In more than 20 countries the rate of female obesity is 10 percentage points higher than that of men
Women and children are the latest victims of obesity in Latin America and the Caribbean, a new report by the Food and Agriculture Organization (FAO) and the Pan American Health Organization says.
Around 360 million people (58 per cent) in the region are overweight, the Panorama of Food and Nutrition Security in Latin America and the Caribbean report points out. Bahamas (69 per cent), Mexico (64 per cent) and Chile (63 per cent) have the highest obesity rates. Barring Haiti (38.5 per cent), Paraguay (48.5 per cent) and Nicaragua (49.4 per cent), overweight affects more than half the population in all the countries of the region.
Women seem to have been the most affected as in more than 20 countries the rate of female obesity is 10 percentage points higher than that of men. Also, around 4 million children (just over 7 per cent) under the age of five are overweight.
According to FAO’s regional representative Eve Crowley, “The alarming rates of overweight and obesity in Latin America and the Caribbean should act as a wake-up call to governments in the region to introduce policies that address all forms of hunger and malnutrition and to do this by linking food security, sustainability, agriculture, nutrition and health.”
Ironically, though the region has made considerable progress in reducing hunger and stunting, obesity levels are high, thanks to shift in dietary patterns. People in Latin America and the Caribbean are consuming more ultra-processed foods due to urbanisation, high incomes and the integration of the region with international markets.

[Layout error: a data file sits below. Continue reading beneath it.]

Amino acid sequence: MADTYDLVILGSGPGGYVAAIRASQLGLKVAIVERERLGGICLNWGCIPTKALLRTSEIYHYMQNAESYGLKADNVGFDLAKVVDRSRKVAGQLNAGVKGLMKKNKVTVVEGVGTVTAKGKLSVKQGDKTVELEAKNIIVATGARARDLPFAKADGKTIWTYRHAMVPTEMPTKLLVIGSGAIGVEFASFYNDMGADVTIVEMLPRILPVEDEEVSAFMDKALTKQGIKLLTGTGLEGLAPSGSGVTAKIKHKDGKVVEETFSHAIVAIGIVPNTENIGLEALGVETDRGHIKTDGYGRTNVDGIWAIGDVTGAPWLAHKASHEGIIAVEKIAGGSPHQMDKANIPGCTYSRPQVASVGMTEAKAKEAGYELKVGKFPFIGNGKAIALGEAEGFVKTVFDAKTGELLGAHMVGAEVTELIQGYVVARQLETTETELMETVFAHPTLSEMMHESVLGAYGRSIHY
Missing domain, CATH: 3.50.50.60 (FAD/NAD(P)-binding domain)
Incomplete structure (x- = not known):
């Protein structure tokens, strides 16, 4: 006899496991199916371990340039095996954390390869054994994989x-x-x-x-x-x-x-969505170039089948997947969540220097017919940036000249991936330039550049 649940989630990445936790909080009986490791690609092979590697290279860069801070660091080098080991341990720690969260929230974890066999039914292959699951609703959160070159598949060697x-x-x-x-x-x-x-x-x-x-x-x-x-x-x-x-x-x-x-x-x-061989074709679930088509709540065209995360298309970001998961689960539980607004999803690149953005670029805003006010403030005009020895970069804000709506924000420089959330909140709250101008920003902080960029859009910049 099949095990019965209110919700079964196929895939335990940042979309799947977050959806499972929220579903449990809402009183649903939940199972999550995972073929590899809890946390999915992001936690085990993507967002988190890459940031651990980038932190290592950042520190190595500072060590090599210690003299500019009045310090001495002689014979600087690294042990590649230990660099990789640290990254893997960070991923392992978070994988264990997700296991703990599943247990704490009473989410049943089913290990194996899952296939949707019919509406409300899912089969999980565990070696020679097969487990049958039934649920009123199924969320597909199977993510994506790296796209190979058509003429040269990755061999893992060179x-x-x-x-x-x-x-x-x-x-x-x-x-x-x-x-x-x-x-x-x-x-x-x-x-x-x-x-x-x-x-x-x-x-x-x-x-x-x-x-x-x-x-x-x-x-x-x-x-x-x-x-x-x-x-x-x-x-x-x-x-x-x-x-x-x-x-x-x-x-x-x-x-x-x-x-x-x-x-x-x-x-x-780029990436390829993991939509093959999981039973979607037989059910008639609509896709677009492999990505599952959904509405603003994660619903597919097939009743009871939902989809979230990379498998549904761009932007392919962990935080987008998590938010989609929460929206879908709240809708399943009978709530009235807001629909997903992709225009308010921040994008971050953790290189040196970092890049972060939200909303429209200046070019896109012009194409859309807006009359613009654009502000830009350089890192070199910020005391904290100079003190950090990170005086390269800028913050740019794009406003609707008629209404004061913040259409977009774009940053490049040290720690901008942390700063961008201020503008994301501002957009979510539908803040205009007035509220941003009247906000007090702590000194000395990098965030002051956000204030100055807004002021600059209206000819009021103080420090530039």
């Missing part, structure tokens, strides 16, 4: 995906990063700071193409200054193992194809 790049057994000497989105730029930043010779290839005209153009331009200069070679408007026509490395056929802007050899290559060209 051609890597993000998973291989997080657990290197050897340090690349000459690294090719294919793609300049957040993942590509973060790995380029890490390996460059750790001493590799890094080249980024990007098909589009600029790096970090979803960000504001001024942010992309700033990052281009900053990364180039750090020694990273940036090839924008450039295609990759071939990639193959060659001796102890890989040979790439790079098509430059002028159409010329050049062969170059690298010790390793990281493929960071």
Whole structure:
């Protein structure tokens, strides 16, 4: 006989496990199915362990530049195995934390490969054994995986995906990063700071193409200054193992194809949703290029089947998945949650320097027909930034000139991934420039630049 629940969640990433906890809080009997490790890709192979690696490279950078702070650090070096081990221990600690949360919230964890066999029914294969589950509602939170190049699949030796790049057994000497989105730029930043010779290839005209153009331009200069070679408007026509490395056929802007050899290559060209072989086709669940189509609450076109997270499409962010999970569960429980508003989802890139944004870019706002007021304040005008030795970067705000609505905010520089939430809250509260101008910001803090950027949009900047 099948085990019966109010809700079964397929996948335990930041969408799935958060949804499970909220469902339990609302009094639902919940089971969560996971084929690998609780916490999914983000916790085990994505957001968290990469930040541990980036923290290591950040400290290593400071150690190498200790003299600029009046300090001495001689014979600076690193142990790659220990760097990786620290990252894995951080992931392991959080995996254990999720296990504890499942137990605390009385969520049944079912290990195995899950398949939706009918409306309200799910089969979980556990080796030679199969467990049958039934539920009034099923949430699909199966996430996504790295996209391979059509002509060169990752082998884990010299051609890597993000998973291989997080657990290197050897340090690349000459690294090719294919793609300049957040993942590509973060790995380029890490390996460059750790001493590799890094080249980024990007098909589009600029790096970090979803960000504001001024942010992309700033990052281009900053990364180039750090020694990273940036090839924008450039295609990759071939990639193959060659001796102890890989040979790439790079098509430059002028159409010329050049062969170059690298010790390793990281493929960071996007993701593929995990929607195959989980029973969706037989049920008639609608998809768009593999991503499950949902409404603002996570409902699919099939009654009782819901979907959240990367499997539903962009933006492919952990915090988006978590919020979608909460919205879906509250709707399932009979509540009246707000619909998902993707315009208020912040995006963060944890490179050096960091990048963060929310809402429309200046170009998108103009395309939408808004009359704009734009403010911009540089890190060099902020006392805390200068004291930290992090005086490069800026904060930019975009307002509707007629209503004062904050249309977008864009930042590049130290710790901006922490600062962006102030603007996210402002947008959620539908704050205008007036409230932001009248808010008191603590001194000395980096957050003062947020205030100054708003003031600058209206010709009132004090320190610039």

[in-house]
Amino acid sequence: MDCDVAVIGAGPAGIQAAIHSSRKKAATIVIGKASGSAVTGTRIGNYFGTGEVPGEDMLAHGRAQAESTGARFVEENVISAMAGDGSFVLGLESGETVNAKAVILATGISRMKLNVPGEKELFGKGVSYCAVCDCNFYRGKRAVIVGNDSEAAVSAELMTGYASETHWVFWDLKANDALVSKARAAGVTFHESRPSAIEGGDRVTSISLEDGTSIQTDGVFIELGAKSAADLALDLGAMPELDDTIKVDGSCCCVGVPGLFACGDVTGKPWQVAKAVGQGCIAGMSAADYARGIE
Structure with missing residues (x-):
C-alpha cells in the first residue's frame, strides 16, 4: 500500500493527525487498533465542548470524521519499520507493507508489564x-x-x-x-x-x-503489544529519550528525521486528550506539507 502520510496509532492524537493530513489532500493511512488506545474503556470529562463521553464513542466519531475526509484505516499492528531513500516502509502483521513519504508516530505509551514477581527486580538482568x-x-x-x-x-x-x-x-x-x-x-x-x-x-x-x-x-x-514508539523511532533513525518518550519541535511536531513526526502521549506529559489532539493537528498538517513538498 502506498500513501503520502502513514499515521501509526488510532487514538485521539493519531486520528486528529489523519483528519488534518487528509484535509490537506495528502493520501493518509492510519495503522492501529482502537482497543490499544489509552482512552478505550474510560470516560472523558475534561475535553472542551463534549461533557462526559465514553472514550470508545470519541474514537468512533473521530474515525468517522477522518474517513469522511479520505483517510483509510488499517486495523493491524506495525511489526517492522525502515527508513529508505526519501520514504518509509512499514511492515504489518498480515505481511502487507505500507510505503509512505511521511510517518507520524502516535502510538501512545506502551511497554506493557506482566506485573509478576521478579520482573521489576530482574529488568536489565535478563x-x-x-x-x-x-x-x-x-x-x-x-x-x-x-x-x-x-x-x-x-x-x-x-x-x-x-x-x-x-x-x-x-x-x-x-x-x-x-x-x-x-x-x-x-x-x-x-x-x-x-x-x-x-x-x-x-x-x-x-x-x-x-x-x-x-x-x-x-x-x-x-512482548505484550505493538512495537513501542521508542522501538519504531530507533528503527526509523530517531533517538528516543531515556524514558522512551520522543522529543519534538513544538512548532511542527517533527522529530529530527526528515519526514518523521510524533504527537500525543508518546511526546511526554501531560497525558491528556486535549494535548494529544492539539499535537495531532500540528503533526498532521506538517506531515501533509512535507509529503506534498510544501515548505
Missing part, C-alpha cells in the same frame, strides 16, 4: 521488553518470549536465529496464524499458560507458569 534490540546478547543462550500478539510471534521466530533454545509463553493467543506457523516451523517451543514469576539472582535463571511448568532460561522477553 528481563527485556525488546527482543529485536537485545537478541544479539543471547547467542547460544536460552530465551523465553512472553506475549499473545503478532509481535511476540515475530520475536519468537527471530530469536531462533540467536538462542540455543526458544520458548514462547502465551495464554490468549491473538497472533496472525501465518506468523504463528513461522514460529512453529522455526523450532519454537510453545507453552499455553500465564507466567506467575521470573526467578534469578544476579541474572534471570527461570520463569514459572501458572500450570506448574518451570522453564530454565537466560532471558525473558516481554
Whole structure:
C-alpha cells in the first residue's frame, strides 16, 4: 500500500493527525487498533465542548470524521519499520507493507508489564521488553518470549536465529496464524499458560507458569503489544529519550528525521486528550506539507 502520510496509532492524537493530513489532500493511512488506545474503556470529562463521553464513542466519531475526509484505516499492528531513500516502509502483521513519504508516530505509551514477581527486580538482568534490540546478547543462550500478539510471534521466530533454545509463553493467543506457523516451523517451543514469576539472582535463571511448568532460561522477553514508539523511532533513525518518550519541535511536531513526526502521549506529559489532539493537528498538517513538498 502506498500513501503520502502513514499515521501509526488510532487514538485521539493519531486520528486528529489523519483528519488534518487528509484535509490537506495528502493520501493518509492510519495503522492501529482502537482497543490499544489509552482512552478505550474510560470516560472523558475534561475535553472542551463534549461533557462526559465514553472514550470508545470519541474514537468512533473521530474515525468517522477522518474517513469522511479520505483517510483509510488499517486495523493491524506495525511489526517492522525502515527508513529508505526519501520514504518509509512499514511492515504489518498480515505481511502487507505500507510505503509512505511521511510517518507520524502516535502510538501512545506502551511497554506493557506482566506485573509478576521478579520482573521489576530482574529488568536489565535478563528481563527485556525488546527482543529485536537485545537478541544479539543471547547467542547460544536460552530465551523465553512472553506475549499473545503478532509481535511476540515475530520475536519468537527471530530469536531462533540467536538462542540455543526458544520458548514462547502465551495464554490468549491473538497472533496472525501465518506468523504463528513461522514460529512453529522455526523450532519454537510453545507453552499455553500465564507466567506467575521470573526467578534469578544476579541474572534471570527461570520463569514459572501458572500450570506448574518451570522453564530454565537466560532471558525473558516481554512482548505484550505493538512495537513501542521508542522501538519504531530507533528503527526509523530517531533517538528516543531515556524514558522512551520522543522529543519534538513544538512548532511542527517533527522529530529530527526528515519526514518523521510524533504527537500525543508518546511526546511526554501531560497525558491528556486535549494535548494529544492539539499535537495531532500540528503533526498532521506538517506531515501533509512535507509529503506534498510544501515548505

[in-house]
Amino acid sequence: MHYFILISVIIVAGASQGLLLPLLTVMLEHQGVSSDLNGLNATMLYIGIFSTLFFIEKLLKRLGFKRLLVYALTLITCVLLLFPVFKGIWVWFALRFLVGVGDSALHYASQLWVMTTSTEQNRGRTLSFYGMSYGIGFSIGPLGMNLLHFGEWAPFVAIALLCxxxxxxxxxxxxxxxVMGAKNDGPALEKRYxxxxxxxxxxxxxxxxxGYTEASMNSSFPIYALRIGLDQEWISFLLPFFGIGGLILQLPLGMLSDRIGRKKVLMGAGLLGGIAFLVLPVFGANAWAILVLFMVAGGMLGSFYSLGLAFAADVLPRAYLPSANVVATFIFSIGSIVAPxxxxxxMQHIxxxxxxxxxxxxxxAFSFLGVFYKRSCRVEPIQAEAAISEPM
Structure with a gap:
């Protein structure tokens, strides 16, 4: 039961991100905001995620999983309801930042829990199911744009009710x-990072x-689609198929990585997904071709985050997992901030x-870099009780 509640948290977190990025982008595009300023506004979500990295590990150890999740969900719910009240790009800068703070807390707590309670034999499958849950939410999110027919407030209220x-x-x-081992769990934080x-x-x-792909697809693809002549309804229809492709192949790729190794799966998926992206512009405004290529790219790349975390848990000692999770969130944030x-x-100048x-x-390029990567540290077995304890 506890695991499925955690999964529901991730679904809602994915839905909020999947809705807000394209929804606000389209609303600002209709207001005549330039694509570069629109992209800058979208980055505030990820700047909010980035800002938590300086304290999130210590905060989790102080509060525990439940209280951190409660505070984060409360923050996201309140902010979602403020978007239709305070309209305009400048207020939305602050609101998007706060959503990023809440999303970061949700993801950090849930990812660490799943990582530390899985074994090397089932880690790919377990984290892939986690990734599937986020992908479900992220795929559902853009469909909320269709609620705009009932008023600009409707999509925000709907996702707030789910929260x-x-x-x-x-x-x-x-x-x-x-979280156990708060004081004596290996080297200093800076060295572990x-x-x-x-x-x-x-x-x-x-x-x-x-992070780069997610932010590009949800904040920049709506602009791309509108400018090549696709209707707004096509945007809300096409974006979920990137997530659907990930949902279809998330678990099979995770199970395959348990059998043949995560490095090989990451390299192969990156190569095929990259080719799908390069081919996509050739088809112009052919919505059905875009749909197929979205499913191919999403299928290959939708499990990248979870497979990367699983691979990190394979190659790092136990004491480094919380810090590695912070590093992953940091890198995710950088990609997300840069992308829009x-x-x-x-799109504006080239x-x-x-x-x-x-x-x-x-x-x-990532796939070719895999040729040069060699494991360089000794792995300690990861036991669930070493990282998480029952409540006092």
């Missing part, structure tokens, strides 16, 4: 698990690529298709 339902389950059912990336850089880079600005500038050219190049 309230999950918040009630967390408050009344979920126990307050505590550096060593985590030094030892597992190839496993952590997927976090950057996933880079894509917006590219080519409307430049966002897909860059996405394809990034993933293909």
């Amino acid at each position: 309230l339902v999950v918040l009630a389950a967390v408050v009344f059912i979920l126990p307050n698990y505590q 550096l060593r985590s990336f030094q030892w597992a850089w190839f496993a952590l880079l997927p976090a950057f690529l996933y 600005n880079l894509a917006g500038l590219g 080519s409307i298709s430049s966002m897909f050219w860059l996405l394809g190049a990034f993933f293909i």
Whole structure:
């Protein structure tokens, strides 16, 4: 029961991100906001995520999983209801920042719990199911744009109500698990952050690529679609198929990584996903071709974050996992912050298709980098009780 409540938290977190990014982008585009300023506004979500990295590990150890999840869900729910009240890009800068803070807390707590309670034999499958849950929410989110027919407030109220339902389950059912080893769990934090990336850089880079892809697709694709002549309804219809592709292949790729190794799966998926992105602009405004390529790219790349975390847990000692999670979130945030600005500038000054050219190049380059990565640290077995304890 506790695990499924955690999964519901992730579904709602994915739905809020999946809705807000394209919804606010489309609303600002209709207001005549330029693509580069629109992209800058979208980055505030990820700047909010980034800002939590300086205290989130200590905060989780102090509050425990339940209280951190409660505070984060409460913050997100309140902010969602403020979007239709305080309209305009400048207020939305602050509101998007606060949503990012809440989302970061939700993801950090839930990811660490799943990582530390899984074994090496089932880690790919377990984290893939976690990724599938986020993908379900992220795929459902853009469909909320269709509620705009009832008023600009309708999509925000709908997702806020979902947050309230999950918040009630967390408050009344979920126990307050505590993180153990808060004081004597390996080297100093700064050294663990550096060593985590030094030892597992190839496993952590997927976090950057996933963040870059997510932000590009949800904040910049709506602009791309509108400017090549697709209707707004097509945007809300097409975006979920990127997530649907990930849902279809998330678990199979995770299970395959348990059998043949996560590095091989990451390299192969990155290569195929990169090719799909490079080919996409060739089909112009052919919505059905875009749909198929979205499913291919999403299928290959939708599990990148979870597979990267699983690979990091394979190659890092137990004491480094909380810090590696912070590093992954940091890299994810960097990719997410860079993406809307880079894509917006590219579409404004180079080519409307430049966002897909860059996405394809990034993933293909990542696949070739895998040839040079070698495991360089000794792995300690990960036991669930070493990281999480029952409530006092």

A regional overview report of Asia-Pacific points out such kind of dietary transition is not without paradox, as hunger and obesity exist together. According to a FAO expert, sedentary lifestyles and growing consumption of energy-dense, nutrient-poor foods and beverages, are leading to the obesity boom.
The solution lies in the promotion of healthy and sustainable food systems, interlinking agriculture, food, nutrition and health. Most food and nutrition experts are now advising countries to follow a diet based on locally-appropriate sustainable food production systems that has low environmental footprints. The promotion of fresh, nutritious food having easy accessibility and diversity can also bring about changes in consumer behaviour patterns and help tackle obesity. The 2013 State of the Food and Agriculture report says agricultural research must continue to pay more attention to nutrient-dense foods such as fruits, vegetables, legumes and animal products and to more sustainable production systems, stressing on good nutrition as it is the foundation for human health and well-being.
Some countries in Latin America and the Caribbean have taken leads in controlling overweight. While Barbados, Dominica and Mexico have approved taxes for sugar-sweetened beverages, Bolivia, Chile, Peru and Ecuador have introduced healthy food laws that regulate advertising and food labeling. A study carried out by FAO in Latin America and the Caribbean found that 14 out of 24 countries included in the analysis had used dietary guidelines to define national policy, plans and programmes.
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